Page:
As part of its commitment to help secure smart cities, Huawei has opened a Southern Pacific OpenLab in Singapore.
The 650 sqm facility is also aimed at fostering an open and sustainable ICT ecosystem through joint collaboration with software and industry partners. It will be an open end-to-end one-stop ICT infrastructure platform where partners can verify their solutions in actual network environment, leverage training opportunities in research, marketing and solutions delivery, and use marketing funds to develop and incentivise channel partners, said Huawei.
In line with the new lab, Huawei recently inked Memorandums of Understanding (MoUs) with IT service provider NCS and global security systems provider Tyco to co-create safe city solutions in Singapore.
"[Through the OpenLab and our partners, we will] help enterprises to quickly respond to new market, accelerate their digital transformation, and keep Singapore safe and secure," said Diana Yuan, Global President of Marketing and Solutions Sales Department, Enterprise Business Group, Huawei.
Huawei isn't a new player in the safe city market. "We're involved in more than 100 safe city projects across 30 countries globally," said Koh Hong-Eng, Global Chief Public Safety Expert, Enterprise Business Group, Huawei.
By working with partners, the company provides communication (ie. voice and data), video surveillance, and command and control capabilities to help city administrators stay informed of on-site conditions and enhance emergency response capabilities, he added. He also assured that the solutions are able to operate with legacy systems, which is a key concern for developed countries.
Enhancing emergency response
One country that Huawei recently helped improve their public safety was Saudi Arabia.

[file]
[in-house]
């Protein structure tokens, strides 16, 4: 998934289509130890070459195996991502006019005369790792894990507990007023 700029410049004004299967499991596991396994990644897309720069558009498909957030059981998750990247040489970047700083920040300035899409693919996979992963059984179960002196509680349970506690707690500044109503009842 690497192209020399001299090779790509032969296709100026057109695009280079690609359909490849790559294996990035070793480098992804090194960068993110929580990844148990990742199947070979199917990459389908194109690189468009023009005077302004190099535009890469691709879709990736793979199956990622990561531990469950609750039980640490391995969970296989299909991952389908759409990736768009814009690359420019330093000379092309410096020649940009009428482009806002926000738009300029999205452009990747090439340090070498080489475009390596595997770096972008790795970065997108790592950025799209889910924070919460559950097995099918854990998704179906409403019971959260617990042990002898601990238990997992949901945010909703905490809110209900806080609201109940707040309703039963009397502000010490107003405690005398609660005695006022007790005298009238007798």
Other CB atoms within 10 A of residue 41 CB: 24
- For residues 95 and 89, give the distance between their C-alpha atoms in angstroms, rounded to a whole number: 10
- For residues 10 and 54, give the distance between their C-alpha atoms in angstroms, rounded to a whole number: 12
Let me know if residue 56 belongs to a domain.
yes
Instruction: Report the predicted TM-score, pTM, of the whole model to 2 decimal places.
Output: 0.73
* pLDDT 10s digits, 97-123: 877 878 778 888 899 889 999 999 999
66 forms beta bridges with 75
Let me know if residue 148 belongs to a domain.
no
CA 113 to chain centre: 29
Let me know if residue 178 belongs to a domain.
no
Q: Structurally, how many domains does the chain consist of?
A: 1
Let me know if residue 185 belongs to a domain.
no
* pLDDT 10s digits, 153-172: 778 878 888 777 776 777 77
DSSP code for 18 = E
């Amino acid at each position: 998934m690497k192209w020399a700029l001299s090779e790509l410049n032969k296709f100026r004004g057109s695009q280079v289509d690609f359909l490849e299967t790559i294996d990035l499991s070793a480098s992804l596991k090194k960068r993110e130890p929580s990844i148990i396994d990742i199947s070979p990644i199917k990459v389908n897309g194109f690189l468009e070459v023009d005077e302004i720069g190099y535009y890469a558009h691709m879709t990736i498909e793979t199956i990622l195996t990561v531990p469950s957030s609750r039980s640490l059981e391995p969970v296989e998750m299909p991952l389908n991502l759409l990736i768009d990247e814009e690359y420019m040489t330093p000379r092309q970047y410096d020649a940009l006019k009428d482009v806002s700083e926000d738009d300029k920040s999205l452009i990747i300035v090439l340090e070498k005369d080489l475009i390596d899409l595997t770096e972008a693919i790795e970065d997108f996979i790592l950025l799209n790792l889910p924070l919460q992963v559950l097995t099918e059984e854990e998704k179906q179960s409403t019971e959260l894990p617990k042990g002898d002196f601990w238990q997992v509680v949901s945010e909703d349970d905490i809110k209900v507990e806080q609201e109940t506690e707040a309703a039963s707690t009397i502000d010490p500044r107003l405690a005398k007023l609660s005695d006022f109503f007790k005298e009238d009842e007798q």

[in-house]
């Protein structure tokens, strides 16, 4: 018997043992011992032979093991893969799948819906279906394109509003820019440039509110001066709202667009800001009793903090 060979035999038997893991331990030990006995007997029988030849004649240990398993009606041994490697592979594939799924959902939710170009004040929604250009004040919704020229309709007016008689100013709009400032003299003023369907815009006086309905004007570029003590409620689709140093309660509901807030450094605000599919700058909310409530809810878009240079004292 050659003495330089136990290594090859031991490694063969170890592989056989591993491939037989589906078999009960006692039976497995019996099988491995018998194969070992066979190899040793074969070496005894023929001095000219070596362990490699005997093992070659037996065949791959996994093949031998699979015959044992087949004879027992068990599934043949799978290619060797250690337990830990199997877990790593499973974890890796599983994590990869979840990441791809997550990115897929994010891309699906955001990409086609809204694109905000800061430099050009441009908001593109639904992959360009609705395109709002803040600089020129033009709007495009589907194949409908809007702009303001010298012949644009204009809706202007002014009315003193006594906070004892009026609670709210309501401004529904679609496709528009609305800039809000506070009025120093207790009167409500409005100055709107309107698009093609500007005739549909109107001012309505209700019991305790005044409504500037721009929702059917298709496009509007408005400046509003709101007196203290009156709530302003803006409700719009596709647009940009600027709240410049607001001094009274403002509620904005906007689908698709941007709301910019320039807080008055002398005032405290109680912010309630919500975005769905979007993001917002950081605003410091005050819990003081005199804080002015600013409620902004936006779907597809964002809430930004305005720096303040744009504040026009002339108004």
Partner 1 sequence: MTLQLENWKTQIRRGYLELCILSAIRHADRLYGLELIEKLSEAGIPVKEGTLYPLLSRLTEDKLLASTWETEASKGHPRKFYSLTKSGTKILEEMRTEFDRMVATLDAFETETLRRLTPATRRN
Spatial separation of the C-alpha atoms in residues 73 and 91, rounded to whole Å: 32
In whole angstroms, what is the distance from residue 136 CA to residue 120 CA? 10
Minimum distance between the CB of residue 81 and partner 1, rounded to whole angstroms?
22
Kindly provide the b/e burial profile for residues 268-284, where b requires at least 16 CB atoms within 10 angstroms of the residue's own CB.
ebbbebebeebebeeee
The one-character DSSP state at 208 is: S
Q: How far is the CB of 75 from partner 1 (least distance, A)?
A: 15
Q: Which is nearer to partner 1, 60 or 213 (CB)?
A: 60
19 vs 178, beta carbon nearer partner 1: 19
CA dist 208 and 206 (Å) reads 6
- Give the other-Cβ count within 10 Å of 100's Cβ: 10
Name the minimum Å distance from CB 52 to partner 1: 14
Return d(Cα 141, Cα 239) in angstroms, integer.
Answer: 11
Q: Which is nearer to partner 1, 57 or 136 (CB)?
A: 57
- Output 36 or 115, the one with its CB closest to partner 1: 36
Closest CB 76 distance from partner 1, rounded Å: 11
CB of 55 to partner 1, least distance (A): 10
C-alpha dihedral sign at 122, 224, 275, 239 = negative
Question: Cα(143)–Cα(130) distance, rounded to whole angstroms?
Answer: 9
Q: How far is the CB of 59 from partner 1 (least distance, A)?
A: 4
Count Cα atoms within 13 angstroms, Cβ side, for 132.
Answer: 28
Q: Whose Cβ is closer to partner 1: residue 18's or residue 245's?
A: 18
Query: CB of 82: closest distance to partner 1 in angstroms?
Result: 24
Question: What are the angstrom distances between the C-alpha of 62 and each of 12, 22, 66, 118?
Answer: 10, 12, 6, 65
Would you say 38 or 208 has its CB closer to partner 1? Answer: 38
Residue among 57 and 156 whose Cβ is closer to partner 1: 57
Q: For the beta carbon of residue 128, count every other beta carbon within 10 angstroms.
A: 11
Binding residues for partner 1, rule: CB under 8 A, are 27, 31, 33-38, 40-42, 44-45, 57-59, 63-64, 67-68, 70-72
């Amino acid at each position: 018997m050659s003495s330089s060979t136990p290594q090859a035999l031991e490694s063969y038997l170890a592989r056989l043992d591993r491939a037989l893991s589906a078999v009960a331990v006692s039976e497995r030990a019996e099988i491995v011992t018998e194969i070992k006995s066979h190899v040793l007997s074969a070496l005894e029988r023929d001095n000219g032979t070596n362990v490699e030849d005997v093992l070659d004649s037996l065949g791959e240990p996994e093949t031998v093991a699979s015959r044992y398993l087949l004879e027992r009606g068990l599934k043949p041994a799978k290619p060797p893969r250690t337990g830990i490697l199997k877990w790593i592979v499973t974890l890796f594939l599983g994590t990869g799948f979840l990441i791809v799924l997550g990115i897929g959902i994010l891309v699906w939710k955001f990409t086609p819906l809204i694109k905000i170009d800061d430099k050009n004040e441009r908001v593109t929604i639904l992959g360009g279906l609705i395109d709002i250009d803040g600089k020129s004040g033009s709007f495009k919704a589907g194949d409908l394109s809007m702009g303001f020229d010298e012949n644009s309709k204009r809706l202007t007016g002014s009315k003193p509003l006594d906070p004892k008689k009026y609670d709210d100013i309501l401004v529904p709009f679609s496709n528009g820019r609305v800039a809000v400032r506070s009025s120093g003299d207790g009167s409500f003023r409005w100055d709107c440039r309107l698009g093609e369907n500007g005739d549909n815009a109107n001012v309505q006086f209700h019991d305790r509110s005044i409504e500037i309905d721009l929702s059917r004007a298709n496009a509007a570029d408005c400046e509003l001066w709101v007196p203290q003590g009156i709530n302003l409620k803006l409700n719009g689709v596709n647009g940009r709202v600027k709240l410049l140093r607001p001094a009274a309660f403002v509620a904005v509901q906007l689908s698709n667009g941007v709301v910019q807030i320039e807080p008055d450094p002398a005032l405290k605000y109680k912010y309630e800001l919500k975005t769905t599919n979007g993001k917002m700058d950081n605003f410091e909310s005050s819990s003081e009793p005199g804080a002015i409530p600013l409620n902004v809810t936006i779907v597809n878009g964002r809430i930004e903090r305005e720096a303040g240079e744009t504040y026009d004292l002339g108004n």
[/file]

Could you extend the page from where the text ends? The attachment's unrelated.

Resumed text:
Due to the worsening terrorism situations in the region and unstable neighbouring countries, the Saudi government was looking for ways to better protect lives and property. Challenges that hindered public safety in the country include outdated legacy public safety facilities, information siloes as each city used different incident reporting systems, and the lack of unified call-taking and dispatching system which prevented cross-agency collaboration.
To overcome those challenges, Huawei worked with its partner Hexagon Safety & Infrastructure to first integrated four command centres with a unified command platform. Three of the command centres are active, while one is a standby command centre to increase reliability during service disruption or for emergency use.
A call-taking and dispatching system which leverages a Geographic Information System (GIS) was also deployed. When a call-taker receives an incident call, the system automatically locates the caller on a GIS map, as well as displays emergency response resources - be it the police, medical services or firefighters - near the incident. The appropriate resource can thus be quickly dispatched and be provided with the necessary information.
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